key entrepreneurs and are embedded in the business community of that country. Put more

    generically, they are close in terms of geography and culture. While the term international

    could denote all investors that have any form of international business, such as collaborative

    agreements with foreign partners, we henceforth use the distinct term cross-border in

    association with investors and investments to denote the international aspect that is relevant

    for this study.

    The empirical context of our study is Finland, a small economy with a rapidly

    internationalizing community of technology-based new ventures. During recent years in

    Finland, cross-border venture capital has been a relatively prevalent form of financing for

    such ventures. In a study of cross-border venture capital in the OECD countries, Baygan and

    Freudenberg (2000) identified Finland as the third country after Ireland and Denmark in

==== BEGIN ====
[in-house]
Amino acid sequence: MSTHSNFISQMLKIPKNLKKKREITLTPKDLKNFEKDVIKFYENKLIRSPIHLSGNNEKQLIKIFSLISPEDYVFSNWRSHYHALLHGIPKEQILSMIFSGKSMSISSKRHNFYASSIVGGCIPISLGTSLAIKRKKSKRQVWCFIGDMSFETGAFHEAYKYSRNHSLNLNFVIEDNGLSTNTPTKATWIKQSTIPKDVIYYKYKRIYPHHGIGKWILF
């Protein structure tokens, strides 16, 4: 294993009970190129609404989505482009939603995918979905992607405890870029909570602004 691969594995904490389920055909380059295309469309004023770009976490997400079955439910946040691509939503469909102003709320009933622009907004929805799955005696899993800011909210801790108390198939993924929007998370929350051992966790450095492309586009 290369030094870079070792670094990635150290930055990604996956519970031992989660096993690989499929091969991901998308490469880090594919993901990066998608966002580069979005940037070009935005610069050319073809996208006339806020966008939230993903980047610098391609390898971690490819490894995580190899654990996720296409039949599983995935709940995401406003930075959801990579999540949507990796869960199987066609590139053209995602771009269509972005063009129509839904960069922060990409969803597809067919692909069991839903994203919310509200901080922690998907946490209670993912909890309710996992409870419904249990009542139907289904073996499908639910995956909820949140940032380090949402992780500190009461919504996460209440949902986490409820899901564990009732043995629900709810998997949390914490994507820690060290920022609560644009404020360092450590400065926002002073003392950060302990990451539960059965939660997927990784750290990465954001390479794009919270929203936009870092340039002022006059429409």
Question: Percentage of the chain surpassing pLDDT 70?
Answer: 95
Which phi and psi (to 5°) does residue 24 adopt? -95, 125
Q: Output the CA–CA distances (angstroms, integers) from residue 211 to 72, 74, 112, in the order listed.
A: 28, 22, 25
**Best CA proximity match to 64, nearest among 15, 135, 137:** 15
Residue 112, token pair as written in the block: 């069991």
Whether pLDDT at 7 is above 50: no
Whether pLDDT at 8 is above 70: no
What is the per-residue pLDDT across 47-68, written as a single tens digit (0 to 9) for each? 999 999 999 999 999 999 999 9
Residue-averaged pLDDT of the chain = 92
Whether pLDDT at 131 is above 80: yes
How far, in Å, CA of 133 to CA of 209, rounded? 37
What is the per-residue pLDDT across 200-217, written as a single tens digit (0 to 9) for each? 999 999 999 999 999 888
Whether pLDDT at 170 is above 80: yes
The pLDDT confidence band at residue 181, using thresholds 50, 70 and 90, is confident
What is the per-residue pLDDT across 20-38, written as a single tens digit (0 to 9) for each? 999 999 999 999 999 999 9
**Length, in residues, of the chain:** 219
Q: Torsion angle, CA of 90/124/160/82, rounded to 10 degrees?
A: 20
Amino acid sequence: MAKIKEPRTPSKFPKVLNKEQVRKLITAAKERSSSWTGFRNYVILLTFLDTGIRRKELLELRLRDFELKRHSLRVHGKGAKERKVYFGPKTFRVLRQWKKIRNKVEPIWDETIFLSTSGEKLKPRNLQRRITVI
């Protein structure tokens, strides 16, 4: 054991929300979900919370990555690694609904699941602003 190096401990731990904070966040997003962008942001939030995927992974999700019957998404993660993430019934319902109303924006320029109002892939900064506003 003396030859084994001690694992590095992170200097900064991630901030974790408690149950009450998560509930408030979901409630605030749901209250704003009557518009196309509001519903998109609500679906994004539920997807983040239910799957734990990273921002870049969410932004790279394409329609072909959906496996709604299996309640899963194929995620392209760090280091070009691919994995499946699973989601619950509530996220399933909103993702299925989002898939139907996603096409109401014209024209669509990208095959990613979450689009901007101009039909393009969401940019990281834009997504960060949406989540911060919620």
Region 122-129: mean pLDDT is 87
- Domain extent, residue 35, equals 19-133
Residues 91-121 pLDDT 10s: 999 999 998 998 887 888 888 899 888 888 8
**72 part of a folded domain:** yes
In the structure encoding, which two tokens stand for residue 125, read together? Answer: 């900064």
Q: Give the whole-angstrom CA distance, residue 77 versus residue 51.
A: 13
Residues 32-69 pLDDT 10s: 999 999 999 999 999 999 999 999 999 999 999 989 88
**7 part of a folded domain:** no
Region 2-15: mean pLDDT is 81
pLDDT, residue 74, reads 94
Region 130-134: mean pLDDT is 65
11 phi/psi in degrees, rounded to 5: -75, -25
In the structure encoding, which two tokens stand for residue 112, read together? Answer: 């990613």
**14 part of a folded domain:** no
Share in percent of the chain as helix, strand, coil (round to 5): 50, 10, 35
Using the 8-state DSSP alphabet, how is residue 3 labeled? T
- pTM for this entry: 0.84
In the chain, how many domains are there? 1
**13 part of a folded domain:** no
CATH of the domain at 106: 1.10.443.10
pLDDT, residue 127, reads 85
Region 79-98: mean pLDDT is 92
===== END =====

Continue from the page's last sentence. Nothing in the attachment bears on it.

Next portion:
• 5

    terms of share of invested venture capital that is contributed by cross-border venture

    capitalists. Many of the largest rounds of venture capital investments made into Finnish high-

    technology ventures have involved cross-border venture capitalists. Based on the analysis of

    Baygan and Freudenberg (2000), the share of foreign investments of all investments made in

    Finland was 43% in Finland in 1999.

    We use the grounded theory approach (Glaser & Strauss, 1967) and follow the

    procedures suggested by Eisenhardt (1989), Strauss and Corbin (1998), and Yin (1994).

    Accordingly, we derive our insights from extensive processing of field data. To enable the